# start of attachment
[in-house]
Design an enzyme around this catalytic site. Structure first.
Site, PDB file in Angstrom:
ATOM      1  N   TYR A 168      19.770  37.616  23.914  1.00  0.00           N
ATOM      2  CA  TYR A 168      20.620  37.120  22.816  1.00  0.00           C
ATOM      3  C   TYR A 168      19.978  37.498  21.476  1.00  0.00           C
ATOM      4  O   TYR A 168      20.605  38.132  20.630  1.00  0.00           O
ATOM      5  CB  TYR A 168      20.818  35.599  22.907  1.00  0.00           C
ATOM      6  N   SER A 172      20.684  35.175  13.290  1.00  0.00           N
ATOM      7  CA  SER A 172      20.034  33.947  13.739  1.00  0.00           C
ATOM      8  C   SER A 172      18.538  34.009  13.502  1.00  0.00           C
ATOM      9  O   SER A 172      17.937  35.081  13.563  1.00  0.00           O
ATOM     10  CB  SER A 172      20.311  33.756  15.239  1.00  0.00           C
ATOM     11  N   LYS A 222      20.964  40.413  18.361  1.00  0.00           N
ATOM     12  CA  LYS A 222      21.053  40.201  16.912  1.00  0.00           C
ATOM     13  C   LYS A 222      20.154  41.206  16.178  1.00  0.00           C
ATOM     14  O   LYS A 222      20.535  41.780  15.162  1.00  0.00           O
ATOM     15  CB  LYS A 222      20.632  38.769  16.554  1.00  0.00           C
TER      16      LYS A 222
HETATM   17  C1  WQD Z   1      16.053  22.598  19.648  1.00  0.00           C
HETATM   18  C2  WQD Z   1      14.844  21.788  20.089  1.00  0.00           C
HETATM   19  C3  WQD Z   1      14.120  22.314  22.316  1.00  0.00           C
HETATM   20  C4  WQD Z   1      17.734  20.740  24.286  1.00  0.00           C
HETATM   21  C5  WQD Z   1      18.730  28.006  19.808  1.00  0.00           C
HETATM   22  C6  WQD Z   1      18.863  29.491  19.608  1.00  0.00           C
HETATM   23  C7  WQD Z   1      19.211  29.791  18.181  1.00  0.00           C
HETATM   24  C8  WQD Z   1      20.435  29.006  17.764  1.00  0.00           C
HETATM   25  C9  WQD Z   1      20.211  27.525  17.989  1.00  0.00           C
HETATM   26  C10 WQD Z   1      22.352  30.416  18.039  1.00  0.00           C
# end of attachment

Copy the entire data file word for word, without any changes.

[in-house]
Design an enzyme around this catalytic site. Structure first.
Site, PDB file in Angstrom:
ATOM      1  N   TYR A 168      19.770  37.616  23.914  1.00  0.00           N
ATOM      2  CA  TYR A 168      20.620  37.120  22.816  1.00  0.00           C
ATOM      3  C   TYR A 168      19.978  37.498  21.476  1.00  0.00           C
ATOM      4  O   TYR A 168      20.605  38.132  20.630  1.00  0.00           O
ATOM      5  CB  TYR A 168      20.818  35.599  22.907  1.00  0.00           C
ATOM      6  N   SER A 172      20.684  35.175  13.290  1.00  0.00           N
ATOM      7  CA  SER A 172      20.034  33.947  13.739  1.00  0.00           C
ATOM      8  C   SER A 172      18.538  34.009  13.502  1.00  0.00           C
ATOM      9  O   SER A 172      17.937  35.081  13.563  1.00  0.00           O
ATOM     10  CB  SER A 172      20.311  33.756  15.239  1.00  0.00           C
ATOM     11  N   LYS A 222      20.964  40.413  18.361  1.00  0.00           N
ATOM     12  CA  LYS A 222      21.053  40.201  16.912  1.00  0.00           C
ATOM     13  C   LYS A 222      20.154  41.206  16.178  1.00  0.00           C
ATOM     14  O   LYS A 222      20.535  41.780  15.162  1.00  0.00           O
ATOM     15  CB  LYS A 222      20.632  38.769  16.554  1.00  0.00           C
TER      16      LYS A 222
HETATM   17  C1  WQD Z   1      16.053  22.598  19.648  1.00  0.00           C
HETATM   18  C2  WQD Z   1      14.844  21.788  20.089  1.00  0.00           C
HETATM   19  C3  WQD Z   1      14.120  22.314  22.316  1.00  0.00           C
HETATM   20  C4  WQD Z   1      17.734  20.740  24.286  1.00  0.00           C
HETATM   21  C5  WQD Z   1      18.730  28.006  19.808  1.00  0.00           C
HETATM   22  C6  WQD Z   1      18.863  29.491  19.608  1.00  0.00           C
HETATM   23  C7  WQD Z   1      19.211  29.791  18.181  1.00  0.00           C
HETATM   24  C8  WQD Z   1      20.435  29.006  17.764  1.00  0.00           C
HETATM   25  C9  WQD Z   1      20.211  27.525  17.989  1.00  0.00           C
HETATM   26  C10 WQD Z   1      22.352  30.416  18.039  1.00  0.00           C